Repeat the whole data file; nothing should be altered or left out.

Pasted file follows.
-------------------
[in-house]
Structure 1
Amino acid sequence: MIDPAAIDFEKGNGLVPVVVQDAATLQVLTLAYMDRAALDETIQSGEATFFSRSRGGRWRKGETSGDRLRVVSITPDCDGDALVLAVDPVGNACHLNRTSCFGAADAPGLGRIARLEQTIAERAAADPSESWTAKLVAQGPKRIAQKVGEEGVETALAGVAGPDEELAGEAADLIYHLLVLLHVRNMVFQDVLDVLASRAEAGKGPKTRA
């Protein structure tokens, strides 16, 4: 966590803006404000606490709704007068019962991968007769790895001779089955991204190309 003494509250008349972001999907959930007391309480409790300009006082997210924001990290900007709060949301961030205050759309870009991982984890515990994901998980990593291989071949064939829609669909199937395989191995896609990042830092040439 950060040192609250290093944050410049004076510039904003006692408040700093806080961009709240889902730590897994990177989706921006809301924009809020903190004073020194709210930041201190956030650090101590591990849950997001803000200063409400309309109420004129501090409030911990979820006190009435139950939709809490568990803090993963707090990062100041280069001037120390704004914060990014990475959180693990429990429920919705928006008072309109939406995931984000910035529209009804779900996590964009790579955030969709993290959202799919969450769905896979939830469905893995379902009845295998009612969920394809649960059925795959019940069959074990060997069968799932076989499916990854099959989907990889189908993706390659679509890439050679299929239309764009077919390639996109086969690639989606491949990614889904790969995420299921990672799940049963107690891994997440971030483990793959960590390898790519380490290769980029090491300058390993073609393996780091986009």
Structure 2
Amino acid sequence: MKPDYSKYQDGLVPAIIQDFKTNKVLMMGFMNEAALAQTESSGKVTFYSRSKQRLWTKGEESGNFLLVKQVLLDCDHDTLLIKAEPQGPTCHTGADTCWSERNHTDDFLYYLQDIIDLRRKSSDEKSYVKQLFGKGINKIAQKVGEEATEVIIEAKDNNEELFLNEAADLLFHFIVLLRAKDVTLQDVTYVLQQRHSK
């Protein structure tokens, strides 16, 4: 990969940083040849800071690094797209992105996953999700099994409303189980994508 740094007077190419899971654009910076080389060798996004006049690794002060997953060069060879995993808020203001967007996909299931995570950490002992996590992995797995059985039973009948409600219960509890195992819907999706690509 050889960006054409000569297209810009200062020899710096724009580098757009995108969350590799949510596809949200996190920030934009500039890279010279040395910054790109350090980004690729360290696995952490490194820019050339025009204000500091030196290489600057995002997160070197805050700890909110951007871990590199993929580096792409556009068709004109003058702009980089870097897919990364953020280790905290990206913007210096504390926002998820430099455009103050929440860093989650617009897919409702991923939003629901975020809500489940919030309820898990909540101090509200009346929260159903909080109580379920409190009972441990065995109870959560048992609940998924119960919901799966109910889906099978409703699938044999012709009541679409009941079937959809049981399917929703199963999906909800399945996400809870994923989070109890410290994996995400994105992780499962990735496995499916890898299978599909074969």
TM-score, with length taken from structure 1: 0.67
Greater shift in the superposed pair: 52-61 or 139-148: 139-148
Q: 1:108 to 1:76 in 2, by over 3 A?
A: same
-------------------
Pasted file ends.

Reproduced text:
[in-house]
Structure 1
Amino acid sequence: MIDPAAIDFEKGNGLVPVVVQDAATLQVLTLAYMDRAALDETIQSGEATFFSRSRGGRWRKGETSGDRLRVVSITPDCDGDALVLAVDPVGNACHLNRTSCFGAADAPGLGRIARLEQTIAERAAADPSESWTAKLVAQGPKRIAQKVGEEGVETALAGVAGPDEELAGEAADLIYHLLVLLHVRNMVFQDVLDVLASRAEAGKGPKTRA
């Protein structure tokens, strides 16, 4: 966590803006404000606490709704007068019962991968007769790895001779089955991204190309 003494509250008349972001999907959930007391309480409790300009006082997210924001990290900007709060949301961030205050759309870009991982984890515990994901998980990593291989071949064939829609669909199937395989191995896609990042830092040439 950060040192609250290093944050410049004076510039904003006692408040700093806080961009709240889902730590897994990177989706921006809301924009809020903190004073020194709210930041201190956030650090101590591990849950997001803000200063409400309309109420004129501090409030911990979820006190009435139950939709809490568990803090993963707090990062100041280069001037120390704004914060990014990475959180693990429990429920919705928006008072309109939406995931984000910035529209009804779900996590964009790579955030969709993290959202799919969450769905896979939830469905893995379902009845295998009612969920394809649960059925795959019940069959074990060997069968799932076989499916990854099959989907990889189908993706390659679509890439050679299929239309764009077919390639996109086969690639989606491949990614889904790969995420299921990672799940049963107690891994997440971030483990793959960590390898790519380490290769980029090491300058390993073609393996780091986009």
Structure 2
Amino acid sequence: MKPDYSKYQDGLVPAIIQDFKTNKVLMMGFMNEAALAQTESSGKVTFYSRSKQRLWTKGEESGNFLLVKQVLLDCDHDTLLIKAEPQGPTCHTGADTCWSERNHTDDFLYYLQDIIDLRRKSSDEKSYVKQLFGKGINKIAQKVGEEATEVIIEAKDNNEELFLNEAADLLFHFIVLLRAKDVTLQDVTYVLQQRHSK
């Protein structure tokens, strides 16, 4: 990969940083040849800071690094797209992105996953999700099994409303189980994508 740094007077190419899971654009910076080389060798996004006049690794002060997953060069060879995993808020203001967007996909299931995570950490002992996590992995797995059985039973009948409600219960509890195992819907999706690509 050889960006054409000569297209810009200062020899710096724009580098757009995108969350590799949510596809949200996190920030934009500039890279010279040395910054790109350090980004690729360290696995952490490194820019050339025009204000500091030196290489600057995002997160070197805050700890909110951007871990590199993929580096792409556009068709004109003058702009980089870097897919990364953020280790905290990206913007210096504390926002998820430099455009103050929440860093989650617009897919409702991923939003629901975020809500489940919030309820898990909540101090509200009346929260159903909080109580379920409190009972441990065995109870959560048992609940998924119960919901799966109910889906099978409703699938044999012709009541679409009941079937959809049981399917929703199963999906909800399945996400809870994923989070109890410290994996995400994105992780499962990735496995499916890898299978599909074969």
TM-score, with length taken from structure 1: 0.67
Greater shift in the superposed pair: 52-61 or 139-148: 139-148
Q: 1:108 to 1:76 in 2, by over 3 A?
A: same